Meditation for Creation: How to Get Inspiration

I’ve always loved meditation as a concept, though I have the hardest time shutting my mind up enough to actually sit still and meditate. Thankfully, I have other ways of meditating, or at least clearing my mind enough to allow for creative thoughts.

I walk every day, which allows me to think while my body is occupied. Running is another form of self-hypnosis/meditation, and I love to sit by the beach and watch the waves crash. They may not sound like your classic “meditation techniques”, but they work! I find that when I engage in these activities, my mind is freed and I can come up with some pretty creative ideas. I’d estimate that 50% of my best ideas were conceived at the gym or walking to and from it.

According to a study posted on Science Daily, meditation can promote creative thinking. It doesn’t matter if you’ve never tried meditation before–it works!

This study took 40 random people and had them engage in meditative techniques before undergoing thinking tests. The meditation helped the participants to improve their thought processes in two ways:

Divergent thinking — This involved taking a common object and finding new and creative uses for it. After meditating, the subjects were able to think up more and more unique uses for the common objects.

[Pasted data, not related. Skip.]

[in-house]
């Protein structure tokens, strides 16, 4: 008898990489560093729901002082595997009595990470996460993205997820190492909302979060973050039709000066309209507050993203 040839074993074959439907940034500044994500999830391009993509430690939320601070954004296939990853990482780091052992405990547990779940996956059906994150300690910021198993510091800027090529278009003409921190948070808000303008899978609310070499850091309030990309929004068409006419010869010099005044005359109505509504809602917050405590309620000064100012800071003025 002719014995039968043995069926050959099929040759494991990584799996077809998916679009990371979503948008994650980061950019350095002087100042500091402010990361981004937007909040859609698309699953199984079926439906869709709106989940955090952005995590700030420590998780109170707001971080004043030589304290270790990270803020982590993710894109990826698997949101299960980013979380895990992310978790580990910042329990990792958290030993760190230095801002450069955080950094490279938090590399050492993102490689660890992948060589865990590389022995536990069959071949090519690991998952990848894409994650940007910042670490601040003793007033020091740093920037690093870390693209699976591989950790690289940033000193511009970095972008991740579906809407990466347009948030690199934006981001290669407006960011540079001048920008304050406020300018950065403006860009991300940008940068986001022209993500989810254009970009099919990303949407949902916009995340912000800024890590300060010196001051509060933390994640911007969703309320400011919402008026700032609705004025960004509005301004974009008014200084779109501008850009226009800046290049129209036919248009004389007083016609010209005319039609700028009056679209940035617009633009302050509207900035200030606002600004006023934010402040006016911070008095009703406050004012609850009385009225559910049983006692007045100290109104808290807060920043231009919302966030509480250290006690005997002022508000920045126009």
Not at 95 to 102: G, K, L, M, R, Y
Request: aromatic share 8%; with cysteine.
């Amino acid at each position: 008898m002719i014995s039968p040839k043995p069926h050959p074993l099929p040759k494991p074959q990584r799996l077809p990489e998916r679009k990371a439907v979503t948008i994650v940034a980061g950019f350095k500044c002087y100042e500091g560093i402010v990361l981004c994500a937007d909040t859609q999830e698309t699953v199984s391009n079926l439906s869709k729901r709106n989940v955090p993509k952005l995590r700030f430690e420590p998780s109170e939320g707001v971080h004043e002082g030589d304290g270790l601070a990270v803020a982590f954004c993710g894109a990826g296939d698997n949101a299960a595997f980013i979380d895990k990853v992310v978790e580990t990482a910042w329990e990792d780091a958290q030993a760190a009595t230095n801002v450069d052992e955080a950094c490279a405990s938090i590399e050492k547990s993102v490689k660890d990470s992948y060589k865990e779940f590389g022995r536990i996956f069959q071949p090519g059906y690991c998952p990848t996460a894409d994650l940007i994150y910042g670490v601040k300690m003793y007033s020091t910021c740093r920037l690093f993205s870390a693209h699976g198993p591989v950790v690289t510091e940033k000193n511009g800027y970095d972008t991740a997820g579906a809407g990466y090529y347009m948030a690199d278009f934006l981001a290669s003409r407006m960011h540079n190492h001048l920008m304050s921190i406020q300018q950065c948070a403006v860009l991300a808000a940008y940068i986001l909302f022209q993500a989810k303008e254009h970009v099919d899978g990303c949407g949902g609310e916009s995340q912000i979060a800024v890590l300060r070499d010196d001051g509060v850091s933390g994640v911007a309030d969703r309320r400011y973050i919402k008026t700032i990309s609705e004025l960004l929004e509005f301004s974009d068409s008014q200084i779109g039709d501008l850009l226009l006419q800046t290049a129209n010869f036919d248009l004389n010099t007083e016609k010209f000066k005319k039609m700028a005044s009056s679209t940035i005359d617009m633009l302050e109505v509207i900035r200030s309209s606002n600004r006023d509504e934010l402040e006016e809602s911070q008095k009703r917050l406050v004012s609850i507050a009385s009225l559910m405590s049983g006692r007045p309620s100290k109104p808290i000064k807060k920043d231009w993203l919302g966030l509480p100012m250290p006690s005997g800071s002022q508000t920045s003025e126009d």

Convergent thinking — This involves finding the single solution for a given problem. For example, the subjects were given the words “hair”, “time”, and “stretch”. They had to come up with the answer, which was “long”. After meditating, they found the answers to these problems more quickly.

These are the two basic ingredients of creativity. Every creative thought involves one of these two types of thinking (either finding new uses for common things, or finding creative ways to connect seemingly random ideas and objects).

Which meditation technique worked best? Open Monitoring, or focusing on EVERY sensation or thought that entered their mind. Instead of shutting things out and focusing on just one thing, the subjects were most creative after letting their minds wander and being open and aware of the new sensations and thoughts.